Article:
A black-and-white engraving showing a young woman kneeling down and looking up with her hands clasped. She is wearing a white dress and has dark ringlet curls. She appears to be on a balcony, with clouds in the background.
.
Shelley frequently wrote stories to accompany prepared illustrations for gift books, such as this one, which accompanied "Transformation" in the 1830 Keepsake.
^ Readers will suspend disbelief about your book, but they never truly forget that they’re reading a story you wrote.
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[191]
.In the 1820s and 1830s, Mary Shelley frequently wrote short stories for gift books or annuals, including sixteen for The Keepsake, which was aimed at middle-class women and bound in silk, with gilt-edged pages.^ Readers will suspend disbelief about your book, but they never truly forget that they’re reading a story you wrote.
  • Alltop - Top Writing News 31 January 2010 14:22 UTC writing.alltop.com [Source type: General]

^ I got quite a surprise when I opened the file because while I was expecting a short ebook, this is a full-fledged book with 294 pages of useful information about writing for the web.
  • Alltop - Top Writing News 31 January 2010 14:22 UTC writing.alltop.com [Source type: General]

[192] .Mary Shelley's work in this genre has been described as that of a "hack writer" and "wordy and pedestrian".[193] However, critic Charlotte Sussman points out that other leading writers of the day, such as the Romantic poets William Wordsworth and Samuel Taylor Coleridge, also took advantage of this profitable market.^ In 2009 seven Fellows spent four weeks in Provincetown, Massachusetts where they wrote, discussed their work, and were visited by writers such as Don DeLillo; editors and writers from leading publications such as the New York Review of… .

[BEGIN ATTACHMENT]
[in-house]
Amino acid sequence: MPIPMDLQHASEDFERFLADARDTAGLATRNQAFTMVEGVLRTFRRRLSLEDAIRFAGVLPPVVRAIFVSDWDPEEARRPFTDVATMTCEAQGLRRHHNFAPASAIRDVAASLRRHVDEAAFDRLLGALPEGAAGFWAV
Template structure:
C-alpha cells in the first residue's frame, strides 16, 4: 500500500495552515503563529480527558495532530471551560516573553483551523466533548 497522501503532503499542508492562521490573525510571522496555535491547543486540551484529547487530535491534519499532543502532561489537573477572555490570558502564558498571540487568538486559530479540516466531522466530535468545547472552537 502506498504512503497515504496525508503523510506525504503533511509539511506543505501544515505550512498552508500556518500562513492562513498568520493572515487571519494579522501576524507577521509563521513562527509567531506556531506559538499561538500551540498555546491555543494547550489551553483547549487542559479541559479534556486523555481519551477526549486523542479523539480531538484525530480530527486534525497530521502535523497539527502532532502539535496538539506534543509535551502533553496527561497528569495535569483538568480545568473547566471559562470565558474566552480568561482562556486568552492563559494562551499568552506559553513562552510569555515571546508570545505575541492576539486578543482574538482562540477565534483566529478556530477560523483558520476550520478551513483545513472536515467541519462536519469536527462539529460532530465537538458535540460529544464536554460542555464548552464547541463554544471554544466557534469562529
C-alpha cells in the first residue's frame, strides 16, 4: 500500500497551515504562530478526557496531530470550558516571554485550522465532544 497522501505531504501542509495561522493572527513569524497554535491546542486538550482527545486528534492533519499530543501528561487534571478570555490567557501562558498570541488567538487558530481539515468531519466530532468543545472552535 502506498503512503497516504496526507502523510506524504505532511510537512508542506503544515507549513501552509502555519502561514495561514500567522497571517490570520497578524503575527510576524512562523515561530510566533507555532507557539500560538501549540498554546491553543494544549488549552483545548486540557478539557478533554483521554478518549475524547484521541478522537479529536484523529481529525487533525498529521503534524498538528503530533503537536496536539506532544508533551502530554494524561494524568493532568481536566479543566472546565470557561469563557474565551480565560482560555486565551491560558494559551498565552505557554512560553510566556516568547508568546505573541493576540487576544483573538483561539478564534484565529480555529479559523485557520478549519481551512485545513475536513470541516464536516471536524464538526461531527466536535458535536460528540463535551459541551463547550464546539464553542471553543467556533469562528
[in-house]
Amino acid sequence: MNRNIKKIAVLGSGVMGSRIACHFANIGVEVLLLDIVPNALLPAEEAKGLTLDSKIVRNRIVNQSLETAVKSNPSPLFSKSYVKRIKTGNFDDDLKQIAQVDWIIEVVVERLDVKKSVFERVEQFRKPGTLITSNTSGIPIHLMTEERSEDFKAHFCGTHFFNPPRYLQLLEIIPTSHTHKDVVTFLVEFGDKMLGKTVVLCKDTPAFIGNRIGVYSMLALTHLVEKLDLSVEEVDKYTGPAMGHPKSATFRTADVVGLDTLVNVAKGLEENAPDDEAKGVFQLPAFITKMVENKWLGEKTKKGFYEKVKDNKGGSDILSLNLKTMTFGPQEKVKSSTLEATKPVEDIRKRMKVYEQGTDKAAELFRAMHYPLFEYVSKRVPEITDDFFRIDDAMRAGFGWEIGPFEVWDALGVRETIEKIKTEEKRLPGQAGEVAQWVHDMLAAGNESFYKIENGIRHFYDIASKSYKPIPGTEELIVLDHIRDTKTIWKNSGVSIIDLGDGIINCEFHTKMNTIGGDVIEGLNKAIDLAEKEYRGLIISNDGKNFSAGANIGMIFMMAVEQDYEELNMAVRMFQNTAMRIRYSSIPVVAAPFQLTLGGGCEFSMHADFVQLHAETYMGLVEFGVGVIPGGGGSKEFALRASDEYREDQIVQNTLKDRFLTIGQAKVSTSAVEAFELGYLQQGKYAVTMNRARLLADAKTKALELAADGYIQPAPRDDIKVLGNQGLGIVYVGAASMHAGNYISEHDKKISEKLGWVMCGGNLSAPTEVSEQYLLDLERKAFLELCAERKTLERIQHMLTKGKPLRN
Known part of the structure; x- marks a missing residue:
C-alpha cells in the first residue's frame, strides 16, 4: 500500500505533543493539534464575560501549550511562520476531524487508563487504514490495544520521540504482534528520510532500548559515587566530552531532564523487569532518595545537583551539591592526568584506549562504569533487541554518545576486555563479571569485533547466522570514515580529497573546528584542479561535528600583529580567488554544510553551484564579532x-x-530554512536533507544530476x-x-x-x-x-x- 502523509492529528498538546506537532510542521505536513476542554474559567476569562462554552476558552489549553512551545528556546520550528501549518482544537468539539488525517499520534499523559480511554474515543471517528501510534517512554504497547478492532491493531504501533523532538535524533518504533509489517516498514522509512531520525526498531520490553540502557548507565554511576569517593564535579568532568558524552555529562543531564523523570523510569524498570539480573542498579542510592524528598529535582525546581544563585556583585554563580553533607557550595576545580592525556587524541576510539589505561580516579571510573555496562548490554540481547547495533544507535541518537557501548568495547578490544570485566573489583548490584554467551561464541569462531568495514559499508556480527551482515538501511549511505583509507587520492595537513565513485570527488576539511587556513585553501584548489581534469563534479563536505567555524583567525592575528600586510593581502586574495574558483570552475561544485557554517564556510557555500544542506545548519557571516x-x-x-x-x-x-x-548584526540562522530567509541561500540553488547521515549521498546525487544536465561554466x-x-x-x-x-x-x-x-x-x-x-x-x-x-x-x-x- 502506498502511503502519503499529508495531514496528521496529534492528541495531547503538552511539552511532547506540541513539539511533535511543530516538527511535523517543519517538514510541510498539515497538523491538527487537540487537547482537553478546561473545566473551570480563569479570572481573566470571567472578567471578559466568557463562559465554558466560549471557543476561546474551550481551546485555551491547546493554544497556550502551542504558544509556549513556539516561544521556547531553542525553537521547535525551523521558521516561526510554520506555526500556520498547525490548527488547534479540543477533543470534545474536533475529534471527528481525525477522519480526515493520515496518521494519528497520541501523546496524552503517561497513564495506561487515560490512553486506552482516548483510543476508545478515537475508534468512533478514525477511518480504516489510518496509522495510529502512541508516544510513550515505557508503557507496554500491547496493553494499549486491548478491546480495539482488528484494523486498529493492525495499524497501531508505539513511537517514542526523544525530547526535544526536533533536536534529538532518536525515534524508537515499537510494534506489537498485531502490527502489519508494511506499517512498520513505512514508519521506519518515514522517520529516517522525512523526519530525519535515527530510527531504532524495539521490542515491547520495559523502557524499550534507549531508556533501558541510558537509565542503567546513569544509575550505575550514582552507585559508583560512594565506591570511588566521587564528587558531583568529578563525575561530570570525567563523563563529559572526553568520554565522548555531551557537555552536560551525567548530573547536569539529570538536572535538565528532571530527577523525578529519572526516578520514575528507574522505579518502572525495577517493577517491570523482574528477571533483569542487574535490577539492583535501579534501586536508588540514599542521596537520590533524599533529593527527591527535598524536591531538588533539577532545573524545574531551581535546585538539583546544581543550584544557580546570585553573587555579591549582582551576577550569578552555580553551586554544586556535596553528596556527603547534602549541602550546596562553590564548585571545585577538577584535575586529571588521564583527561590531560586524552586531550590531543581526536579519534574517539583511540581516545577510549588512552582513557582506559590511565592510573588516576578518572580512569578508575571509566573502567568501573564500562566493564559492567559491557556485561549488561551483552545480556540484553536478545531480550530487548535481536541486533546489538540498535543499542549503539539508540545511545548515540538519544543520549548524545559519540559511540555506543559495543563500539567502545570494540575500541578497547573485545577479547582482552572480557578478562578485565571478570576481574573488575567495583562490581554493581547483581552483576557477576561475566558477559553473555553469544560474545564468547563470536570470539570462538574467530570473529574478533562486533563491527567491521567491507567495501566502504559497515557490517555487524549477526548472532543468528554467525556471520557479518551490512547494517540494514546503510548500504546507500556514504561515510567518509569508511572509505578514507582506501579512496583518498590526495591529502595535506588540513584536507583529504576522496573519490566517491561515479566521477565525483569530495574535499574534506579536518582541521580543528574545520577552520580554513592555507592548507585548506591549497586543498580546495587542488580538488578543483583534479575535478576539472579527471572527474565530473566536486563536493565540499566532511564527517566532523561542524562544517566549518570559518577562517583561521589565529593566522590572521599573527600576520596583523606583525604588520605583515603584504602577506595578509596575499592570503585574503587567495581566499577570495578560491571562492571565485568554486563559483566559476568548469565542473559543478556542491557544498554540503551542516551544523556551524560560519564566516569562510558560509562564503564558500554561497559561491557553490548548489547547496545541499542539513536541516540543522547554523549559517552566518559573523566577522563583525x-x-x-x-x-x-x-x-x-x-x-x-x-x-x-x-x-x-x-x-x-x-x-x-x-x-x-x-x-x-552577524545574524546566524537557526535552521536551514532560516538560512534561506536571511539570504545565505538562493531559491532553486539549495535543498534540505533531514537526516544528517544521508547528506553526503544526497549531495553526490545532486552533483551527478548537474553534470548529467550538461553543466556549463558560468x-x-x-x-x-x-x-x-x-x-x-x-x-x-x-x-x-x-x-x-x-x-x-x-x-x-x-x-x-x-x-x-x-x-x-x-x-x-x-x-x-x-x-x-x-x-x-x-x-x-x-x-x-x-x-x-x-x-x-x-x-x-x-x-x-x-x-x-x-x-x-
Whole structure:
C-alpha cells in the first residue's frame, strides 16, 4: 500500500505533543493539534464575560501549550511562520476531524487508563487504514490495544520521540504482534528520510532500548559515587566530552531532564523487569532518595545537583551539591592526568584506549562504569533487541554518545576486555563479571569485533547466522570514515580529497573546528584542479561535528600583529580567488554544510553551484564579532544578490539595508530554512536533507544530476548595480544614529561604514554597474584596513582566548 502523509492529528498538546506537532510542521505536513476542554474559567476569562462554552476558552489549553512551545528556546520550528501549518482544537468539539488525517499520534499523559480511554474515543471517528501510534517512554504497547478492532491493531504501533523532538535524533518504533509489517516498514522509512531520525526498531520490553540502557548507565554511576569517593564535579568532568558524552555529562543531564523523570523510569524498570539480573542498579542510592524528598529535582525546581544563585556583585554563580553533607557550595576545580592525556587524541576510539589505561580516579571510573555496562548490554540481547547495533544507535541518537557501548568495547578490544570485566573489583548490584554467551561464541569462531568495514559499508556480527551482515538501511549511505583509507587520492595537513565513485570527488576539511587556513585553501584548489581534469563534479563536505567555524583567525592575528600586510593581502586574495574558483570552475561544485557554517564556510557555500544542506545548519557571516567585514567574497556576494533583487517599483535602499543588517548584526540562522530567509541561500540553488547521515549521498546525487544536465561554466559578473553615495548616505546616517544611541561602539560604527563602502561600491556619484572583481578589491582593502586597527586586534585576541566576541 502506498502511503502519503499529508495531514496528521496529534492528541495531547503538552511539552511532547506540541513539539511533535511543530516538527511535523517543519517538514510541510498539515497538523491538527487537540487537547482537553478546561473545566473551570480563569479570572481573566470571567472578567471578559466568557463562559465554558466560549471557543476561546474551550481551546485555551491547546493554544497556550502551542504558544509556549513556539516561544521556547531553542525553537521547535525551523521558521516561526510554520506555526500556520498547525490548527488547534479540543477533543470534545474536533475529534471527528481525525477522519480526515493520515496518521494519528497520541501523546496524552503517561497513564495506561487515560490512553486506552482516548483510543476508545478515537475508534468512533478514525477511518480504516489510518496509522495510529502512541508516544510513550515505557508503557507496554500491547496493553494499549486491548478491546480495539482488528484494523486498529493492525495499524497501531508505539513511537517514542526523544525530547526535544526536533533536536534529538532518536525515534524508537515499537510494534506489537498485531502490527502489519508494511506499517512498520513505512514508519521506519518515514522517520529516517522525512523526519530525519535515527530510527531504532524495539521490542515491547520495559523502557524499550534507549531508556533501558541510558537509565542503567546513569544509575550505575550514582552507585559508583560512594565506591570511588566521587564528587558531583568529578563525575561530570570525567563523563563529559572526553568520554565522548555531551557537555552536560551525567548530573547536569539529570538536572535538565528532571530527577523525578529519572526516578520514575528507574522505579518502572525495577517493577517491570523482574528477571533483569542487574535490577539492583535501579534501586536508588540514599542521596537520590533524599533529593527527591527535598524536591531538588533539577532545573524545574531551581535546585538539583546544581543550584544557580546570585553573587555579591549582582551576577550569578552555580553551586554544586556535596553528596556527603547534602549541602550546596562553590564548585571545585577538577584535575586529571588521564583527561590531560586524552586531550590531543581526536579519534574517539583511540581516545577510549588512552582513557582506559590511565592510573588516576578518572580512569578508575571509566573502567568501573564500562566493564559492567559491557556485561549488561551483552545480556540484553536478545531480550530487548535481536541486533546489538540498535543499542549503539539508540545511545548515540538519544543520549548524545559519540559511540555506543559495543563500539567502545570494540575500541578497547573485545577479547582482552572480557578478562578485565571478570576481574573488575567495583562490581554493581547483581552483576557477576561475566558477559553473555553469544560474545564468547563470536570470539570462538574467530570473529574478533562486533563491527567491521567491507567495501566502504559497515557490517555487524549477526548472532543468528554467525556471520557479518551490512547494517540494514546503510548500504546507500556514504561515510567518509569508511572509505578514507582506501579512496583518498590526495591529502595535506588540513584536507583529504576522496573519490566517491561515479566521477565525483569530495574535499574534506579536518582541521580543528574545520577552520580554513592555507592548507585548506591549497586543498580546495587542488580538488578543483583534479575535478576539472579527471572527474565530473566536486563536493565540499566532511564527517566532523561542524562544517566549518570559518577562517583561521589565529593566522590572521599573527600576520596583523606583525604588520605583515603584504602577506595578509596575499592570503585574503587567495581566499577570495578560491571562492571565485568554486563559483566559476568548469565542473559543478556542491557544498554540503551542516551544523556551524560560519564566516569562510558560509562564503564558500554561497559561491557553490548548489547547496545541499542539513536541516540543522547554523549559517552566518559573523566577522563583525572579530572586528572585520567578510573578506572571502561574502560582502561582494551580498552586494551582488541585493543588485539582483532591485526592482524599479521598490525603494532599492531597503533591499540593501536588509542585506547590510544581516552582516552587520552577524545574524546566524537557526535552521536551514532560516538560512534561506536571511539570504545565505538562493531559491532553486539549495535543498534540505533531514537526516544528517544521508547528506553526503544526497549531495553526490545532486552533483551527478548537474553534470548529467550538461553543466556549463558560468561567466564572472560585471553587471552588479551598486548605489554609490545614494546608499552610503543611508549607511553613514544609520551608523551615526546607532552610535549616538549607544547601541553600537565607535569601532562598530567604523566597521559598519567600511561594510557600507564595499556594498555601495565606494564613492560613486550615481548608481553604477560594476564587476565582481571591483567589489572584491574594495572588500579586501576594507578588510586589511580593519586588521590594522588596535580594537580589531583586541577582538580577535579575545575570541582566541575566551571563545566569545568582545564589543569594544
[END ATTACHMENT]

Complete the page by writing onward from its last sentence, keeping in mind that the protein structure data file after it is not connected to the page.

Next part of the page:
• Alltop - Top Writing News 31 January 2010 14:22 UTC writing.alltop.com [Source type: General]

^ Today, in the midst of Boxing week, the fallout from Christmas and other holidays, and in the days leading up to 2010, is Protagonize’s 2nd birthday.
  • Alltop - Top Writing News 31 January 2010 14:22 UTC writing.alltop.com [Source type: General]

^ But, on the other side of the coin, publishers are entrusted with authors’ content and don’t want it to lose potential profits either while sending out ARCs for review.
  • Alltop - Top Writing News 31 January 2010 14:22 UTC writing.alltop.com [Source type: General]

She explains that "the annuals were a major mode of literary production in the 1820s and 1830s", with The Keepsake the most successful.[194]
.Many of Shelley's stories are set in places or times far removed from early 19th-century Britain, such as Greece and the reign of Henry IV of France.^ Who among you has such a story for me today?A Wrinkle in Time was almost never published.
  • Alltop - Top Writing News 31 January 2010 14:22 UTC writing.alltop.com [Source type: General]

.Shelley was particularly interested in "the fragility of individual identity" and often depicted "the way a person's role in the world can be cataclysmically altered either by an internal emotional upheaval, or by some supernatural occurrence that mirrors an internal schism".[195] In her stories, female identity is tied to a woman's short-lived value in the marriage market while male identity can be sustained and transformed through the use of money.^ Rahel Bailie has posted a nice summary of the Content Strategy progression that lists the sessions and presenters .As a metadata geek, I'm particularly interested in Rachel Lovinger's session on The Role of Metadata in Content Strategy.
  • Alltop - Top Writing News 31 January 2010 14:22 UTC writing.alltop.com [Source type: General]

^ But you can also take the chance to earn some money through online writing jobs.
  • Alltop - Top Writing News 31 January 2010 14:22 UTC writing.alltop.com [Source type: General]

[196] .Although Mary Shelley wrote twenty-one short stories for the annuals between 1823 and 1839, she always saw herself, above all, as a novelist.^ In between listening to stories, I'll be telling myself new ones.